International fisheries scientists meeting in Nelson

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Scientists from around the globe are meeting in Nelson next week to discuss the latest advances in fisheries technology.

This is the first time the global organisation ICES, or International Council for the Exploration of the Sea, has held a conference in New Zealand and more than 130 people are attending.

ICES is an intergovernmental organisation with a network of about 5000 scientists from more than 690 marine institutes. Its main objective is to increase scientific knowledge of the marine environment with the goal of providing the best available science for decision-makers on the sustainable use of the marine environment and ecosystems.

The Nelson conference has attracted participants from 20 countries and comprises two ICES’ working groups who meet once every three years for a joint meeting. One working group focuses on the development and application of technology for observing the marine environment, such as acoustic sensors; while the other studies measurements and observations relating to commercial fishing gear and fish behaviour.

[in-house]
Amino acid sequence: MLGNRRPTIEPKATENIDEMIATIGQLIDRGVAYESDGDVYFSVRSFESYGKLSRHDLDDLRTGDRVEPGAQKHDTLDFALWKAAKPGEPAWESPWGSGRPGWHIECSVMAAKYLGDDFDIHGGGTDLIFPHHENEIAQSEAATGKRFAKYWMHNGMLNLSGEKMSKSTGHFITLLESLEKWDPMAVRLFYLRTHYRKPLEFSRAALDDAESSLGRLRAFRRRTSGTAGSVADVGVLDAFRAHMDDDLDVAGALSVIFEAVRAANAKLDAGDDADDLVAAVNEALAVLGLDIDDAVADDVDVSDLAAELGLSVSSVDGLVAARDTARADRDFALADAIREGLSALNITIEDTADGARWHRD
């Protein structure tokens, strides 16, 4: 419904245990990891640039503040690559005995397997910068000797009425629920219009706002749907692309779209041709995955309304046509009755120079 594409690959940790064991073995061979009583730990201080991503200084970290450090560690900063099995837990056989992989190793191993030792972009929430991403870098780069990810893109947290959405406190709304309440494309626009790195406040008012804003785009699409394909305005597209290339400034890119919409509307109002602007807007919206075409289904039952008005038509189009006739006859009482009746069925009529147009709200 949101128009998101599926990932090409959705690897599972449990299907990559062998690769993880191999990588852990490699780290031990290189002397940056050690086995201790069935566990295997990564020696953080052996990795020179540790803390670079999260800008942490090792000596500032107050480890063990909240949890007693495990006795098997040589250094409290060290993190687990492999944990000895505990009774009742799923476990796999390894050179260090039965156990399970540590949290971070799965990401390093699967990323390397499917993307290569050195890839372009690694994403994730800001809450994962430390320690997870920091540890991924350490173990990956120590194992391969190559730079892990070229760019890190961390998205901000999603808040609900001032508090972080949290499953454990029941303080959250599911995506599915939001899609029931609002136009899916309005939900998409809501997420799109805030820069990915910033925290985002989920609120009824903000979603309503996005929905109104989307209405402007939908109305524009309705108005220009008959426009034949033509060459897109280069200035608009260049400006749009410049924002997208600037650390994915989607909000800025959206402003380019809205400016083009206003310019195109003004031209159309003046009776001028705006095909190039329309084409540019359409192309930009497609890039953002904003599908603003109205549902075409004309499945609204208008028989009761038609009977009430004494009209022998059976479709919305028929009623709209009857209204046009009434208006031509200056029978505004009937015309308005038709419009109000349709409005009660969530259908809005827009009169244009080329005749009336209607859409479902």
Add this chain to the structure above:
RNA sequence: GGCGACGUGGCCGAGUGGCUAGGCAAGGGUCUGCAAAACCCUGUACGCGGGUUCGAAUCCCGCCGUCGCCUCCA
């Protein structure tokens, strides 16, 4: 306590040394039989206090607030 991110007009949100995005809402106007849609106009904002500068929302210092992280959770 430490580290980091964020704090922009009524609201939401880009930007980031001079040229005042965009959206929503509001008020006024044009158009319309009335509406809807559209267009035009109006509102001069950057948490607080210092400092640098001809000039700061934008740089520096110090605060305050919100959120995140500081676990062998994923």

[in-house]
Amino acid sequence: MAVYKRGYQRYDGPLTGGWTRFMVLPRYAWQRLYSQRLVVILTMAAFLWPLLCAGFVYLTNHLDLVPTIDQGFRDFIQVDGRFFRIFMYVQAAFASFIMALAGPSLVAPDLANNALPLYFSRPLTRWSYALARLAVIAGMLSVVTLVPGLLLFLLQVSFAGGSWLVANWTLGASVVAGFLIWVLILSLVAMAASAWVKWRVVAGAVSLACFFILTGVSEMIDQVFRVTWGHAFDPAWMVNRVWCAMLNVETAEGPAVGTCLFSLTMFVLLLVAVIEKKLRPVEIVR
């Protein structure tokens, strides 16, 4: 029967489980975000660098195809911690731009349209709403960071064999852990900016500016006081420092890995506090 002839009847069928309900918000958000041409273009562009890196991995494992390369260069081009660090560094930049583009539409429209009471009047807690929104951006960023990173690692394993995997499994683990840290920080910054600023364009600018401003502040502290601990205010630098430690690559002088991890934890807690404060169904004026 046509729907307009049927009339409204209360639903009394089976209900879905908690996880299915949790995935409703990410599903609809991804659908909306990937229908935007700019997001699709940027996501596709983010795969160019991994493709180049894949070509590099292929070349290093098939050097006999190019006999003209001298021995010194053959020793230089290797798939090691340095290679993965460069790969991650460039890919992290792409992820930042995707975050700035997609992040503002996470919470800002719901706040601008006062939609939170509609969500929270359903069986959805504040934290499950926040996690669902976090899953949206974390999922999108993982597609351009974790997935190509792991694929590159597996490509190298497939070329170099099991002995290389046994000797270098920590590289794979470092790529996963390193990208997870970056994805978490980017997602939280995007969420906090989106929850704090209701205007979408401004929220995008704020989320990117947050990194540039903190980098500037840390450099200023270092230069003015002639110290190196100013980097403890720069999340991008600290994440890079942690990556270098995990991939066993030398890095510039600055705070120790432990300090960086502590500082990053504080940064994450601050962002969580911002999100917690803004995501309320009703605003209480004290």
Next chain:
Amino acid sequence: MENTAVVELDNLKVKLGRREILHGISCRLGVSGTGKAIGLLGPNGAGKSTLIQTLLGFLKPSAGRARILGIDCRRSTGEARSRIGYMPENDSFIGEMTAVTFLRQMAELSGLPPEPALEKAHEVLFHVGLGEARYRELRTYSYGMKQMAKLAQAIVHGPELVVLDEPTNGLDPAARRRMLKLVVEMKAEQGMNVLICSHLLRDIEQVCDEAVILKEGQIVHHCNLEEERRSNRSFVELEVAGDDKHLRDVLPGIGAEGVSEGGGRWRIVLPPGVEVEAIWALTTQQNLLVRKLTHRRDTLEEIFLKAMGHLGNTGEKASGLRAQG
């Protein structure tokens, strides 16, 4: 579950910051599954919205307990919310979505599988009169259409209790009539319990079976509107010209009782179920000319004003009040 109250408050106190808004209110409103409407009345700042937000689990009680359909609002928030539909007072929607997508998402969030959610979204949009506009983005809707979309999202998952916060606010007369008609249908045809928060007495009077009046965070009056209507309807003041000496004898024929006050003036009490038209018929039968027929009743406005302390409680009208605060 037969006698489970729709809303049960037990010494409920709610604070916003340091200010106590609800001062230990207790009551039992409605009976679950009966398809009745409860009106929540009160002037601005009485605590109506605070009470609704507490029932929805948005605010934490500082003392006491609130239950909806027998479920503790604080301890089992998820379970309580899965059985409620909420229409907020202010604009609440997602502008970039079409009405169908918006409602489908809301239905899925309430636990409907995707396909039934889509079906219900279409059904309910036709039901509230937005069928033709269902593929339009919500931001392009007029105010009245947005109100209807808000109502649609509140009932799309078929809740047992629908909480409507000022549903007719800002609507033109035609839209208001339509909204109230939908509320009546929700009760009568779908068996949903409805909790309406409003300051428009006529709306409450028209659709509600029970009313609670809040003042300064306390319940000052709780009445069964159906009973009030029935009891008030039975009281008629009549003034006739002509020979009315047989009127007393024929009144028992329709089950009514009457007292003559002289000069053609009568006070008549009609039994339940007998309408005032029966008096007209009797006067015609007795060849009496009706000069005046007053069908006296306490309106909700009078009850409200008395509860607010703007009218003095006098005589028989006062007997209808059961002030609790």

NIWA fisheries scientist Dr Richard O’Driscoll chairs the first working group and says hosting these meetings provides a valuable opportunity to bring leading international experts to New Zealand.

“This gives us an opportunity to showcase our own fishing industry, science and successful fisheries management as well as create links between New Zealand international organisations.”

The focus of the conference will be on new research and emerging issues in fisheries science and technology, and on the benefits that flow from research through to management, regulation, conservation, and towards the target of sustainability of marine environments. 

Several sessions will focus on the latest scientific methods and technology to reduce bycatch with successful case studies being presented, including one from NIWA marine ecologist Dr Emma Jones who will report on industry-led efforts to reduce catches of small fish in Hawke’s Bay.

Dr O’Driscoll says New Zealand leads the way in collaboration between science and the fishing industry. “We tend to work in deeper and rougher waters than anyone else so we lead some of the development of technology to find and catch fish at extreme depths.”

The event is being held at Nelson’s Rutherford Hotel from April 3 to 7 and will be officially opened by Nelson mayor Rachel Reese.

Contact

For more information contact:

Dr Richard O’Driscoll
Tel: 04 386-0876

Related information

Research subject: AcousticsFish